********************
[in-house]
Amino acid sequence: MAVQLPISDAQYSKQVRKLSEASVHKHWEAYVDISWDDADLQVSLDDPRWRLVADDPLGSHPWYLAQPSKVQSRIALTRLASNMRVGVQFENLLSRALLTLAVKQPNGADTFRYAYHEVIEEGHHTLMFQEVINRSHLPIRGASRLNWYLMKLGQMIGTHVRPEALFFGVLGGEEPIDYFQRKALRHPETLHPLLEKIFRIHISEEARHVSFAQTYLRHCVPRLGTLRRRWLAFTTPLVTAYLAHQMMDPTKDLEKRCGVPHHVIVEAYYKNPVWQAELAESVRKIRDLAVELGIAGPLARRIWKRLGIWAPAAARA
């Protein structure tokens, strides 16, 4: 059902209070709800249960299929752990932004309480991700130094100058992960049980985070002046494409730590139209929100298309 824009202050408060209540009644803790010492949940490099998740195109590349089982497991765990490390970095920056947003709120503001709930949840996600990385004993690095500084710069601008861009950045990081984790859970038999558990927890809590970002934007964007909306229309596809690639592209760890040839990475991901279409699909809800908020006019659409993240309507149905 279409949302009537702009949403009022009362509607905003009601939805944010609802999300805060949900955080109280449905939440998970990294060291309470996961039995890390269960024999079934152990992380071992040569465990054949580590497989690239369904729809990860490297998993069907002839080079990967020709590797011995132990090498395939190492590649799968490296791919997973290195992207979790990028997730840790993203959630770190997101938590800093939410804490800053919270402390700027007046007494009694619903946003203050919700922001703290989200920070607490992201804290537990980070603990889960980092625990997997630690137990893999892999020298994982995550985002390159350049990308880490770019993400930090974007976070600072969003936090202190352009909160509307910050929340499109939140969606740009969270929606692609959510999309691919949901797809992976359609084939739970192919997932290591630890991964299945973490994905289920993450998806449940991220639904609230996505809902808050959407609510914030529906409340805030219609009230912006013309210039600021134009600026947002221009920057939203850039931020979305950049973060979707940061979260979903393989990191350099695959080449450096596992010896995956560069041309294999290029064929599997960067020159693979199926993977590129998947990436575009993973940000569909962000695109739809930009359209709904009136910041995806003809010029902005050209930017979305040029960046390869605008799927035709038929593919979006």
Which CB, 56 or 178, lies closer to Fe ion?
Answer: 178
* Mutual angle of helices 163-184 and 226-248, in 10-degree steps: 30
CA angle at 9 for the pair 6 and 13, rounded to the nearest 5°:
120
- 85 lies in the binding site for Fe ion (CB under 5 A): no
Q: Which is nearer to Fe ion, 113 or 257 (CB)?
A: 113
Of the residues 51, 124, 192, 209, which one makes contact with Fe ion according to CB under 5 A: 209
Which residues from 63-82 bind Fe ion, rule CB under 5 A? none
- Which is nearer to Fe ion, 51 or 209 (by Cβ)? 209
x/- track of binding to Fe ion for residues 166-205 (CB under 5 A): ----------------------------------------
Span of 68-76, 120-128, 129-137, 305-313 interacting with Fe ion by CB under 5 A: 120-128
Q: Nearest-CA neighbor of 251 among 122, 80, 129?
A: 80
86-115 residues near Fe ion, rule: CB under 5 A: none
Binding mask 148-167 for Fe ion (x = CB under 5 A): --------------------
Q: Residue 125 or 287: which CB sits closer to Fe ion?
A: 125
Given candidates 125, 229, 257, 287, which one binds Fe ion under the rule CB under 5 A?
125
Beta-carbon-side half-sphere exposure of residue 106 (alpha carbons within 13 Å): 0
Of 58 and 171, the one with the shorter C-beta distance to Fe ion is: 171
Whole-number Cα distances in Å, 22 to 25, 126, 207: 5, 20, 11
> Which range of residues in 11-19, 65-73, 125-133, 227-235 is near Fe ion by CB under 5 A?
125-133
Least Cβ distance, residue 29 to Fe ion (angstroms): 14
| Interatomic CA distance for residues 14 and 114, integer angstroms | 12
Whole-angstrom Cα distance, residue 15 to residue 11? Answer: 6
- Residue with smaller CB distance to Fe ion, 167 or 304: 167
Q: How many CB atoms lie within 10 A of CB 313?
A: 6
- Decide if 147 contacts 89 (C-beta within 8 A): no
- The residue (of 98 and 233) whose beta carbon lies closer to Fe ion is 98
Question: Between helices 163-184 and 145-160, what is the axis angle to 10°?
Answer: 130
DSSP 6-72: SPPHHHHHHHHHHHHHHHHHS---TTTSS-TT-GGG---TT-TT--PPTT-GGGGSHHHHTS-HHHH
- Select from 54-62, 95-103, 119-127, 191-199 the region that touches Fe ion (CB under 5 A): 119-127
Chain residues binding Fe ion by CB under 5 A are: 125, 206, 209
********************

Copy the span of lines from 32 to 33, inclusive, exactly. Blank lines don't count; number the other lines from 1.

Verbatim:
Whole-angstrom Cα distance, residue 15 to residue 11? Answer: 6
- Residue with smaller CB distance to Fe ion, 167 or 304: 167